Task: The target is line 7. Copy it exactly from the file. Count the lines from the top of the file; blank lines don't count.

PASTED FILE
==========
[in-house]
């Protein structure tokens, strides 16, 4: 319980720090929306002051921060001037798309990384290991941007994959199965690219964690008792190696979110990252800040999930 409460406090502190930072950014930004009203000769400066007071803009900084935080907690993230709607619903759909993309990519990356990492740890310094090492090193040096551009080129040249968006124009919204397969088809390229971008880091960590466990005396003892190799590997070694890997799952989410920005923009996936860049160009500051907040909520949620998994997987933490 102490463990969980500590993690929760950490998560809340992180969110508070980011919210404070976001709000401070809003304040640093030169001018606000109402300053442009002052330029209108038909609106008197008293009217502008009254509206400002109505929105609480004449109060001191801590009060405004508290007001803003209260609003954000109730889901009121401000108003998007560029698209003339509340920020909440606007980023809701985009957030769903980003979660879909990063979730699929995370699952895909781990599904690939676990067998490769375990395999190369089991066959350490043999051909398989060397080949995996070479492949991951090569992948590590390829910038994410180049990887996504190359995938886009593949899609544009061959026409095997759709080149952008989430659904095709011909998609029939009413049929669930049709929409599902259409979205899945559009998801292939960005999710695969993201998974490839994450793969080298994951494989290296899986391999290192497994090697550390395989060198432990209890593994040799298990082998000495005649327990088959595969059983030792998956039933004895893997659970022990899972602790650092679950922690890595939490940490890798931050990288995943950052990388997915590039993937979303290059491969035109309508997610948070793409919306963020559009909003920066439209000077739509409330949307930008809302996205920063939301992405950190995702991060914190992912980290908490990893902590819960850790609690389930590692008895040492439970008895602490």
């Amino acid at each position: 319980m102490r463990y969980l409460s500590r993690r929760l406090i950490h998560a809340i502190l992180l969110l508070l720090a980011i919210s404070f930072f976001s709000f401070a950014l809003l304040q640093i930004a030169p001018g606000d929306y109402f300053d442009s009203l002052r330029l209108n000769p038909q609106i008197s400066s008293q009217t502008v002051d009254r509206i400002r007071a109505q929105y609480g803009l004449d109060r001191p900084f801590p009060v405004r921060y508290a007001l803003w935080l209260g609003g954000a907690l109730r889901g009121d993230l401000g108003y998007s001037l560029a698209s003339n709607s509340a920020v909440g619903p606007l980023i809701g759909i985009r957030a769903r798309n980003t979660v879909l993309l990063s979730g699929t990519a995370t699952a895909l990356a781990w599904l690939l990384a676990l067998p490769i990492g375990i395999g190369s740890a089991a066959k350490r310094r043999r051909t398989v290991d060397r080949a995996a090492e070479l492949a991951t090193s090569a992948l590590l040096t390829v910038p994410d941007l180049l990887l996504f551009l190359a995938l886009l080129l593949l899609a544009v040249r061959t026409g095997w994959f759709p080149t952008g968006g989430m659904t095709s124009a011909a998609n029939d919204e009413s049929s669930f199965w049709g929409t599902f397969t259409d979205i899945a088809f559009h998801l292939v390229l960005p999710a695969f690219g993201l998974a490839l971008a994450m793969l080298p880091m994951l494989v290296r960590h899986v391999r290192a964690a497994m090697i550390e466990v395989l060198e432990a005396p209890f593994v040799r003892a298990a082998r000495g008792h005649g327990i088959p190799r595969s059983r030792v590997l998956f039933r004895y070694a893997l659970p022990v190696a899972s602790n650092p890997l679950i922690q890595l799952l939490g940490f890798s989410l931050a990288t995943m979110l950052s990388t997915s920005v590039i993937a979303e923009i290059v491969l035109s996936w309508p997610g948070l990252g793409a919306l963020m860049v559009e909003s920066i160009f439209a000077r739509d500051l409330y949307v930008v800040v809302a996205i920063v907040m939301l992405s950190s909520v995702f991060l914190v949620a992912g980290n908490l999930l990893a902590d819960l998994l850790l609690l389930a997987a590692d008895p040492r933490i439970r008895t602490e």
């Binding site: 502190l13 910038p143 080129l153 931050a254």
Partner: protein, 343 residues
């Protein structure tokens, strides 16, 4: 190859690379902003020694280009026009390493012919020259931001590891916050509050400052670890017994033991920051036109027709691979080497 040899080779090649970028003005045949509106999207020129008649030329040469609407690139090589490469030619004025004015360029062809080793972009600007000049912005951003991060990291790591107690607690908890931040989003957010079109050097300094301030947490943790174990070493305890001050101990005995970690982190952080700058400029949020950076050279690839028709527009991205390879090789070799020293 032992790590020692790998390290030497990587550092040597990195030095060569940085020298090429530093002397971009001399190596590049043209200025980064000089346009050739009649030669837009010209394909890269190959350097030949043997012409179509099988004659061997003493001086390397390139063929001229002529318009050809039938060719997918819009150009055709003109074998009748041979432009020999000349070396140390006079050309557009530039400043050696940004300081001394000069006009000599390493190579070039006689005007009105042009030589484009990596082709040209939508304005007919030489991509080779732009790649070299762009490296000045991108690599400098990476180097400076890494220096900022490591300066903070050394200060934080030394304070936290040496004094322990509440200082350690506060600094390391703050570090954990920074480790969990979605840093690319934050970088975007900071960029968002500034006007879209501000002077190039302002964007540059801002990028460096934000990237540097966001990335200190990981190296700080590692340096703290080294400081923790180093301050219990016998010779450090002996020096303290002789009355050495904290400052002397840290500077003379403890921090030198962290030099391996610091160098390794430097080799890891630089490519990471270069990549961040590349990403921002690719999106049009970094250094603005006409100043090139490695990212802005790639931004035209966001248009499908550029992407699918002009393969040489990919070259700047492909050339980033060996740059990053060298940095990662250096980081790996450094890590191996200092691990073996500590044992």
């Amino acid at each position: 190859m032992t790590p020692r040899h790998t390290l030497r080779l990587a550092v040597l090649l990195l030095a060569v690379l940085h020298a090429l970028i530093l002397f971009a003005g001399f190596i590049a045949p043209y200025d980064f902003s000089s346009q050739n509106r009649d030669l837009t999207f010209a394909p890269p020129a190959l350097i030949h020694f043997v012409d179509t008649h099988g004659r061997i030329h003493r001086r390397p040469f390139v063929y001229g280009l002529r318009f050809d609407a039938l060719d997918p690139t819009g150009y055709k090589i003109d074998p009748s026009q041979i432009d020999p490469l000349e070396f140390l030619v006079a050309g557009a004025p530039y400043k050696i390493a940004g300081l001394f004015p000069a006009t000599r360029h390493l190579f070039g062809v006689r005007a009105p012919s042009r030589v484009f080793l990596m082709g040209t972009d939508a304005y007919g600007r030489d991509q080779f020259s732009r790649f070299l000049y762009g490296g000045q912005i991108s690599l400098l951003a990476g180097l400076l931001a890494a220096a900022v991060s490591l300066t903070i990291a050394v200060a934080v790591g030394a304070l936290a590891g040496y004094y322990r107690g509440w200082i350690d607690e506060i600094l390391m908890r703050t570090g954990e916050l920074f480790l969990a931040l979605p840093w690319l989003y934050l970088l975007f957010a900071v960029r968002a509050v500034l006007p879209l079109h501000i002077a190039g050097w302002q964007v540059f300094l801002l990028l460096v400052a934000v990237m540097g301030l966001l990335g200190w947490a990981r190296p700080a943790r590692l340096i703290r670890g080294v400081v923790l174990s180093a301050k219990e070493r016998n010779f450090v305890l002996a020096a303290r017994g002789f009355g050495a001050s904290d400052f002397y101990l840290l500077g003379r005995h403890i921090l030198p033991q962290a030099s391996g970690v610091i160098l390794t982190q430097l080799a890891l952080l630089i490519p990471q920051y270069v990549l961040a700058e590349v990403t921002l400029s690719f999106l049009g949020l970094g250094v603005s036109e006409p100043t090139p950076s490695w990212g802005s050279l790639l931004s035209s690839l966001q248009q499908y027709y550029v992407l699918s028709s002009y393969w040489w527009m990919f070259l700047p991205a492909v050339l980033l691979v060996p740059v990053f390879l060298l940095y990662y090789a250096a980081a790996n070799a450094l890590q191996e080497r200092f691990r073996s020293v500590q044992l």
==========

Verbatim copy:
């Amino acid at each position: 190859m032992t790590p020692r040899h790998t390290l030497r080779l990587a550092v040597l090649l990195l030095a060569v690379l940085h020298a090429l970028i530093l002397f971009a003005g001399f190596i590049a045949p043209y200025d980064f902003s000089s346009q050739n509106r009649d030669l837009t999207f010209a394909p890269p020129a190959l350097i030949h020694f043997v012409d179509t008649h099988g004659r061997i030329h003493r001086r390397p040469f390139v063929y001229g280009l002529r318009f050809d609407a039938l060719d997918p690139t819009g150009y055709k090589i003109d074998p009748s026009q041979i432009d020999p490469l000349e070396f140390l030619v006079a050309g557009a004025p530039y400043k050696i390493a940004g300081l001394f004015p000069a006009t000599r360029h390493l190579f070039g062809v006689r005007a009105p012919s042009r030589v484009f080793l990596m082709g040209t972009d939508a304005y007919g600007r030489d991509q080779f020259s732009r790649f070299l000049y762009g490296g000045q912005i991108s690599l400098l951003a990476g180097l400076l931001a890494a220096a900022v991060s490591l300066t903070i990291a050394v200060a934080v790591g030394a304070l936290a590891g040496y004094y322990r107690g509440w200082i350690d607690e506060i600094l390391m908890r703050t570090g954990e916050l920074f480790l969990a931040l979605p840093w690319l989003y934050l970088l975007f957010a900071v960029r968002a509050v500034l006007p879209l079109h501000i002077a190039g050097w302002q964007v540059f300094l801002l990028l460096v400052a934000v990237m540097g301030l966001l990335g200190w947490a990981r190296p700080a943790r590692l340096i703290r670890g080294v400081v923790l174990s180093a301050k219990e070493r016998n010779f450090v305890l002996a020096a303290r017994g002789f009355g050495a001050s904290d400052f002397y101990l840290l500077g003379r005995h403890i921090l030198p033991q962290a030099s391996g970690v610091i160098l390794t982190q430097l080799a890891l952080l630089i490519p990471q920051y270069v990549l961040a700058e590349v990403t921002l400029s690719f999106l049009g949020l970094g250094v603005s036109e006409p100043t090139p950076s490695w990212g802005s050279l790639l931004s035209s690839l966001q248009q499908y027709y550029v992407l699918s028709s002009y393969w040489w527009m990919f070259l700047p991205a492909v050339l980033l691979v060996p740059v990053f390879l060298l940095y990662y090789a250096a980081a790996n070799a450094l890590q191996e080497r200092f691990r073996s020293v500590q044992l």